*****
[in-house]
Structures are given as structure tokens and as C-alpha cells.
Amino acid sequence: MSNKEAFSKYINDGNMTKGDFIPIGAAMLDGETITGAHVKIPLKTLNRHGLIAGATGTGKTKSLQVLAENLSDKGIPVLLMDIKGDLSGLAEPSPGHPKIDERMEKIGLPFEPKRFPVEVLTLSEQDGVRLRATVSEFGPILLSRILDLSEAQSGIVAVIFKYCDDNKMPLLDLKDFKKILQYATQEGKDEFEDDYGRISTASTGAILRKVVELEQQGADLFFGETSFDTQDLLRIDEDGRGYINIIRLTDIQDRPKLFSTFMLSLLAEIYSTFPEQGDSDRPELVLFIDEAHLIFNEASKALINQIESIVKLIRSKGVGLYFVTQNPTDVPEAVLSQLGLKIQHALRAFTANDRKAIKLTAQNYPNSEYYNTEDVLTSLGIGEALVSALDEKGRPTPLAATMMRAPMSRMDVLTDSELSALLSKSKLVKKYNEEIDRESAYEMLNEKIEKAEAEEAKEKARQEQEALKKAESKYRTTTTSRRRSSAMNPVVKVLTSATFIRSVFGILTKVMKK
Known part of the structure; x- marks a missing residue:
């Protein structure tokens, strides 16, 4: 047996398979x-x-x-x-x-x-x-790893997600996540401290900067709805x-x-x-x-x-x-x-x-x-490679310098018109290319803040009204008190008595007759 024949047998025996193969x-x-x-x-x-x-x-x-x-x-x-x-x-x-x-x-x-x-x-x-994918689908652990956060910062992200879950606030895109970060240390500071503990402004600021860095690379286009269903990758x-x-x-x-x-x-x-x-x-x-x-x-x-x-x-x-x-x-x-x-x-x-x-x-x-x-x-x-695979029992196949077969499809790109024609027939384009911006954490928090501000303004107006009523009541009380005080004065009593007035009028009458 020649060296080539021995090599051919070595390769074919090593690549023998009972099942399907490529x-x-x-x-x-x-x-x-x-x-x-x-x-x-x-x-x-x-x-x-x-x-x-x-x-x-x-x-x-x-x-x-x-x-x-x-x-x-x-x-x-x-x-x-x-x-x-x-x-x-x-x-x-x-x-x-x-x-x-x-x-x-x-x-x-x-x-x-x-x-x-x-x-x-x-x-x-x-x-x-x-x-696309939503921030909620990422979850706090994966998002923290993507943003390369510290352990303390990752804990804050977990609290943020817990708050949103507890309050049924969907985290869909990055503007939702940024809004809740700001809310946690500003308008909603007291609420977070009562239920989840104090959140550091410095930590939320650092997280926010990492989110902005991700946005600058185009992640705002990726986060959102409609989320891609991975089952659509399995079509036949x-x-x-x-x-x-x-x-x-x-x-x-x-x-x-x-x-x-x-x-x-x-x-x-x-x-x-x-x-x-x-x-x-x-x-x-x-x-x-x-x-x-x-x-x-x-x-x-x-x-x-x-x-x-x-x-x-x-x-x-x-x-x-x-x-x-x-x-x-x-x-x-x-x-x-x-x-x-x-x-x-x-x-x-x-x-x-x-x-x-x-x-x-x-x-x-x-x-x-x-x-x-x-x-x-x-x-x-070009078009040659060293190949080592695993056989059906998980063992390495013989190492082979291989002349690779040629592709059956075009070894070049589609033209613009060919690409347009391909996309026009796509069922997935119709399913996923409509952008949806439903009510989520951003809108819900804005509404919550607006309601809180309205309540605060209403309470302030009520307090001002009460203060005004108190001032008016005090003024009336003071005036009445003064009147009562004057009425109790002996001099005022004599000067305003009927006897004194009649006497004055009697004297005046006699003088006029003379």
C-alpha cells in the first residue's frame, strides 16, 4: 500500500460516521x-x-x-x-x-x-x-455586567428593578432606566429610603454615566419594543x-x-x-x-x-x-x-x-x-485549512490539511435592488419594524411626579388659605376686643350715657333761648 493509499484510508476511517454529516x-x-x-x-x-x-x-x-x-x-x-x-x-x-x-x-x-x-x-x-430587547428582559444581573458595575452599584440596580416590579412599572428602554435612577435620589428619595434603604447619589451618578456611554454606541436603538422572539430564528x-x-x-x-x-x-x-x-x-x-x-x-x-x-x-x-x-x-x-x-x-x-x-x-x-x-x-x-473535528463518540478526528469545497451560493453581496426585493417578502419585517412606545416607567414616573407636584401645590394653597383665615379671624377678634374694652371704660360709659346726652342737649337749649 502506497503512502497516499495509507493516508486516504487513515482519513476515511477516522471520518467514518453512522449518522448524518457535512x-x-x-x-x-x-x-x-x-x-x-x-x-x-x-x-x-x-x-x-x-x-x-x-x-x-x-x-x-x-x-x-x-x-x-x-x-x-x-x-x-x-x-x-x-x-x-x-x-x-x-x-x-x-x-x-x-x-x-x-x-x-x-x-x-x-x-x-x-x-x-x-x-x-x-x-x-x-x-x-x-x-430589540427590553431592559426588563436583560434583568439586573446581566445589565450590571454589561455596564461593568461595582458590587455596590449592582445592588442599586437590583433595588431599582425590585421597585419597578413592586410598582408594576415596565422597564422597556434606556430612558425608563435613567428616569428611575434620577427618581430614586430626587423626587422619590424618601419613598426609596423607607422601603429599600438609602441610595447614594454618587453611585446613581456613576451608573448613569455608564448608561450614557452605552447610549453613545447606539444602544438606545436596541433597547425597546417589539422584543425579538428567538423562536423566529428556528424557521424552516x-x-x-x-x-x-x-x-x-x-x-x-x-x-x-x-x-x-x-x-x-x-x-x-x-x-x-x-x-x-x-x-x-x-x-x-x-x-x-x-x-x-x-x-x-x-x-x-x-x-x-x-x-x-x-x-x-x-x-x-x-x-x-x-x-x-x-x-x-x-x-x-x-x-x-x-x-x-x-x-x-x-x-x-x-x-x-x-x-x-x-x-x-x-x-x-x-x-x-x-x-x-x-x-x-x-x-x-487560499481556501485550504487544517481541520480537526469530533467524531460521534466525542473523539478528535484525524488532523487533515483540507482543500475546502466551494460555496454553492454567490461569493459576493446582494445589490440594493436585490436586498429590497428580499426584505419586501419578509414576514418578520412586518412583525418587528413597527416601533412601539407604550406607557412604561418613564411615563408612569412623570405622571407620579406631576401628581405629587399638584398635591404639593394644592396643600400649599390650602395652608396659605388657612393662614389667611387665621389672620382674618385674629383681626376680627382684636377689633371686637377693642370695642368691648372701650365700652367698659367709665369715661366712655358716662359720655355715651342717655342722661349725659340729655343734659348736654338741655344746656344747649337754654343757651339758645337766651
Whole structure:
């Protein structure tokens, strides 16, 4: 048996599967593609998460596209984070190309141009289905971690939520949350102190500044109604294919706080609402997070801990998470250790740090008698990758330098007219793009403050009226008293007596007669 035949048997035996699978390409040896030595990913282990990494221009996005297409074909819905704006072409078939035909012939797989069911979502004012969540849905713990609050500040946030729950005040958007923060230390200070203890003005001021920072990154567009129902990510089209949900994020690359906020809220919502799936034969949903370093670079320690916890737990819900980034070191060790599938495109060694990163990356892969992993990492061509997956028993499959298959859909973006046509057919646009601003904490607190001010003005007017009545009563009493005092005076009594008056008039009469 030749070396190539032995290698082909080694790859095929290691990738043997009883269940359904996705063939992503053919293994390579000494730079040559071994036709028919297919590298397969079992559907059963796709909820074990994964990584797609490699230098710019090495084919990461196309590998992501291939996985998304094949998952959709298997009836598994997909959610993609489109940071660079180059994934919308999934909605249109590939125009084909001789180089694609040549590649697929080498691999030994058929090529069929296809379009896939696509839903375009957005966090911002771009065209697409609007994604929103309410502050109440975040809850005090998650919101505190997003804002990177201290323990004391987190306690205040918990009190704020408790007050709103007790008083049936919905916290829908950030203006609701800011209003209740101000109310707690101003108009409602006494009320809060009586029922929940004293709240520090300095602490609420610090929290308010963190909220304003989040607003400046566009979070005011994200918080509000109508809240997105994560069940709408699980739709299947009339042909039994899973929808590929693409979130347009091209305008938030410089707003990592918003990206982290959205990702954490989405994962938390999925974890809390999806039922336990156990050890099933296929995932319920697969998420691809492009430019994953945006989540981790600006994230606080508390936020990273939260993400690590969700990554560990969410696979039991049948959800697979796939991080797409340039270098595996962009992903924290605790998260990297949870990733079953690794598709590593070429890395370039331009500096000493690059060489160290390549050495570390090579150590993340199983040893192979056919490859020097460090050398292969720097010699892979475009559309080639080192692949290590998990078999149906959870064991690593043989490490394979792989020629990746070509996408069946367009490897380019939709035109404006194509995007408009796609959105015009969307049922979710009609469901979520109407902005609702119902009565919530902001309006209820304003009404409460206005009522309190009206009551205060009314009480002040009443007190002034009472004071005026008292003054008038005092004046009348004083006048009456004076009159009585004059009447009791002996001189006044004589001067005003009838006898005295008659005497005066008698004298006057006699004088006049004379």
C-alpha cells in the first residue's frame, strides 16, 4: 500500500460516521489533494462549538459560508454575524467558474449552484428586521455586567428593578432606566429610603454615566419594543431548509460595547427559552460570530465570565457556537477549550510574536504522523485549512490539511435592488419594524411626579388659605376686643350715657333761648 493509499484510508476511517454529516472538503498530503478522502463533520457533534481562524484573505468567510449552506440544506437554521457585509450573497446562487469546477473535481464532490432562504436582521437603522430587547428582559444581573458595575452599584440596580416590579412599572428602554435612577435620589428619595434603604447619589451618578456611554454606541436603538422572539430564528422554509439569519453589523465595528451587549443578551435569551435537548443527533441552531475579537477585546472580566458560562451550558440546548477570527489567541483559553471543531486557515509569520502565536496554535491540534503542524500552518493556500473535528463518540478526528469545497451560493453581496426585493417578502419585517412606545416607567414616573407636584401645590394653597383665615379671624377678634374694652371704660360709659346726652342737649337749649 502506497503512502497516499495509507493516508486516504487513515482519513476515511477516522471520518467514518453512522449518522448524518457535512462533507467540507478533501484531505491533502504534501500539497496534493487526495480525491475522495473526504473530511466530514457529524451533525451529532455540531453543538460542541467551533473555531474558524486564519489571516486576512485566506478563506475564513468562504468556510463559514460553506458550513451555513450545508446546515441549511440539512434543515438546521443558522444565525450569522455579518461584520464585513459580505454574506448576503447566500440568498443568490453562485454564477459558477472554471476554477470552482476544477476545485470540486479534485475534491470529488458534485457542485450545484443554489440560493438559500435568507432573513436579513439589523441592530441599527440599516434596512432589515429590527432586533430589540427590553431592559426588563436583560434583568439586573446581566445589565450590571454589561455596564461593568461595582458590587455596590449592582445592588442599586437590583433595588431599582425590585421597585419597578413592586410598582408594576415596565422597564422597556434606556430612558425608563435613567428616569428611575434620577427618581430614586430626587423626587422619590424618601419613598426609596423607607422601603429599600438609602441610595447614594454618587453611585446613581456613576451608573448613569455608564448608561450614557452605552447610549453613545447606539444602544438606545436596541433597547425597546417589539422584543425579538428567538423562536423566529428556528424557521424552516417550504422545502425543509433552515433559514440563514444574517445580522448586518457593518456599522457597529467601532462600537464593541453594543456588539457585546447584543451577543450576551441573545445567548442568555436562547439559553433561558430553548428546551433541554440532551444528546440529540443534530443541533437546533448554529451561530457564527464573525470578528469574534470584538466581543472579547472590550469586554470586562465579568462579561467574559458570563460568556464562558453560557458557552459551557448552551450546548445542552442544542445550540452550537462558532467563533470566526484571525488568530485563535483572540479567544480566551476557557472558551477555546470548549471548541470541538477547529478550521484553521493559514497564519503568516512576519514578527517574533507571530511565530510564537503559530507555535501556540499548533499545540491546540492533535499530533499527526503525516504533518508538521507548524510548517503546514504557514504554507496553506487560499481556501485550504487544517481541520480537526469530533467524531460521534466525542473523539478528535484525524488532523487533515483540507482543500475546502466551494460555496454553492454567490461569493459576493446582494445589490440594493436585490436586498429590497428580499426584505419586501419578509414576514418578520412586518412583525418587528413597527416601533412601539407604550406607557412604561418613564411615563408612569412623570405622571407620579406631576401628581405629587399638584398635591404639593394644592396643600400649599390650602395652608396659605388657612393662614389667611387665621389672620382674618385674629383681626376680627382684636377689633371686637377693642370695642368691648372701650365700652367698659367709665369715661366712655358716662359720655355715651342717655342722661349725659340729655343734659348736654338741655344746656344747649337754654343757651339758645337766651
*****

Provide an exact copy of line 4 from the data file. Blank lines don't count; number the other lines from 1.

Known part of the structure; x- marks a missing residue: